Gorillas are predominantly herbivores, however, they are also classed as omnivores. As well as eating mostly plant material, they sometimes supplement their diets with ants and termites. Gorillas forage for food in the forests during the day. Gorillas eat leaves, fruit, seeds, tree bark, plant bulbs, tender plant shoots and flowers. They have been known to eat various parts of over 200 different plant species. Gorillas do not need to drink water as they get the moisture they need from the foliage that they eat. An average adult gorilla eats around 50 pounds of food a day. The gorillas large molars and long canines allow them to crush hard plants like bamboo. Lowland gorillas feed mainly on fruit while Mountain gorillas feed mostly on herbs, stems and roots.
Gorillas are generally quiet animals, however, they communicate with each other using many complicated sounds and gestures. Gorillas use at least 25 recognized vocalizations, including grunts, roars, growls, whines, chuckles, hooting, etc. Some gorilla gestures include chest-beating, high-pitched barks, lunging, throwing objects, staring, lip-tucking, sticking out the tongue, sideways running, slapping, rising to a two-legged stance and probably many more.
Like most animals in captivity, gorillas live a much longer life. Gorillas can reach a mature age of 50 years in captivity as opposed to only 35 years in the wild. This is mostly because they have to fend for themselves in the wild against the elements and human destruction whereas in captivity they are well looked after, cared for and fed and fussed on a regular basis.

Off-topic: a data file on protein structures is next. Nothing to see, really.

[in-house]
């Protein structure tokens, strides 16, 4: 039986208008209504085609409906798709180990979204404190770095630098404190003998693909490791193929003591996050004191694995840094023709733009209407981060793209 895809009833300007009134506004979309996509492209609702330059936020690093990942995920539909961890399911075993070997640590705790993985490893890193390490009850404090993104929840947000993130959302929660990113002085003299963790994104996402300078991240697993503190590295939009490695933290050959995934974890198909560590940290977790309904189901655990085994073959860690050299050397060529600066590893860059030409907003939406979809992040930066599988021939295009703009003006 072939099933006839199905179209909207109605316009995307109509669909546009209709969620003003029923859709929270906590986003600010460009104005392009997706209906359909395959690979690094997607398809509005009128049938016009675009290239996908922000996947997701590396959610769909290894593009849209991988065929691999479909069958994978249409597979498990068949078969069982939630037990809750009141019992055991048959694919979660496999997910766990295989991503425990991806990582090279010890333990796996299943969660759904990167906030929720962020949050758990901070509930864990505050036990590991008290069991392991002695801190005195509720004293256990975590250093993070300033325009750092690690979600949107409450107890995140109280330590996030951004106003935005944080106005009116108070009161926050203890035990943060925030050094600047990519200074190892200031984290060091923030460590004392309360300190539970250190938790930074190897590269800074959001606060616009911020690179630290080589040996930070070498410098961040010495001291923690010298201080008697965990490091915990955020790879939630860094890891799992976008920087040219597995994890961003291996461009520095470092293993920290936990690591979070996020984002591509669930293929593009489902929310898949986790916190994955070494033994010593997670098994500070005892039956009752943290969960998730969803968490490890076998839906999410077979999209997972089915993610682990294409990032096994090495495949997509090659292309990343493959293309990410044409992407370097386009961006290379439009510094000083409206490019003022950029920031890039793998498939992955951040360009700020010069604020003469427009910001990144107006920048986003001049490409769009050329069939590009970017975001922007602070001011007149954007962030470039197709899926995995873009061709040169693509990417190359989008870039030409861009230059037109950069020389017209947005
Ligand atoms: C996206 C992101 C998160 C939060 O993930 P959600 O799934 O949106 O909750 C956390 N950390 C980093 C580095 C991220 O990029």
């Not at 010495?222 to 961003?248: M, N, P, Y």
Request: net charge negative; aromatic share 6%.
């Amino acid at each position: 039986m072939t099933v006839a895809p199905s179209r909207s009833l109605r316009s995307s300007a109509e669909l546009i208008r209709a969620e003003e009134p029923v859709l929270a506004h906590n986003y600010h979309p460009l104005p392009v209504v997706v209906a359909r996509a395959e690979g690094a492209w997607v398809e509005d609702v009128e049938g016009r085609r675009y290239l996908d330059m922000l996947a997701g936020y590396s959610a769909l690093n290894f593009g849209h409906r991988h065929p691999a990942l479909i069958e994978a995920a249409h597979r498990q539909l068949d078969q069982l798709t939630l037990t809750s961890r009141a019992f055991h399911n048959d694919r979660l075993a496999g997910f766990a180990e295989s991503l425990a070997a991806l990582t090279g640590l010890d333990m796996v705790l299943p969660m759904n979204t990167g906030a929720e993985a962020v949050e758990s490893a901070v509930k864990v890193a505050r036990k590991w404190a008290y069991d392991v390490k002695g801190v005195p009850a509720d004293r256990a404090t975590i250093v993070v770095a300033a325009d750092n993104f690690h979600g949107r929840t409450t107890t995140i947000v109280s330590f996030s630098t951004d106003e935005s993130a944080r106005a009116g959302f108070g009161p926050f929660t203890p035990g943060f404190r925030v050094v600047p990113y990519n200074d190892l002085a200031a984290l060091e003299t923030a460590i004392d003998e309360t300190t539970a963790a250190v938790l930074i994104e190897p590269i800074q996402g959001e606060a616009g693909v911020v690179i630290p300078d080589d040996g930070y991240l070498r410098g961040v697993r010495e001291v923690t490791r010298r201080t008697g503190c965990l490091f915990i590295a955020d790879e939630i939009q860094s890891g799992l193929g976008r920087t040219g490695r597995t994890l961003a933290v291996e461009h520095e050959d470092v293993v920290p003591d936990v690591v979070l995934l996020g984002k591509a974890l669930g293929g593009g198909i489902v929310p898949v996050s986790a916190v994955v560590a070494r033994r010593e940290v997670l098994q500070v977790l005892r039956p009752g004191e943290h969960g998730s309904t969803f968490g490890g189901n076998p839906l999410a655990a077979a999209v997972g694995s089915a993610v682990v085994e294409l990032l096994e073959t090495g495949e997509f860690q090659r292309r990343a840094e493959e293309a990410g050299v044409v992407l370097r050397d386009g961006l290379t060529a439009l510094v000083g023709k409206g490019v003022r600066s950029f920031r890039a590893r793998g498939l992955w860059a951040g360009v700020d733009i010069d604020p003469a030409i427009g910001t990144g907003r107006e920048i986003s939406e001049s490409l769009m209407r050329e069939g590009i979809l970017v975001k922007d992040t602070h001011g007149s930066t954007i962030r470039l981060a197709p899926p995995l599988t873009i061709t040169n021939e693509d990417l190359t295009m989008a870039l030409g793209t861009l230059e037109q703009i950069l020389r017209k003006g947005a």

Like humans, gorillas reproduce slowly, giving birth to only one baby at a time and then raising that infant for several years before giving birth again. This slow reproduction rate makes gorillas especially vulnerable to any population declines.
Habitat destruction is a problem across their central African range. Gorillas are also still killed for the bushmeat trade. That trade has helped spread the Ebola virus, which is deadly to both gorillas and humans. Efforts to protect gorillas are often hampered by weak law enforcement and civil unrest in many places where gorillas live.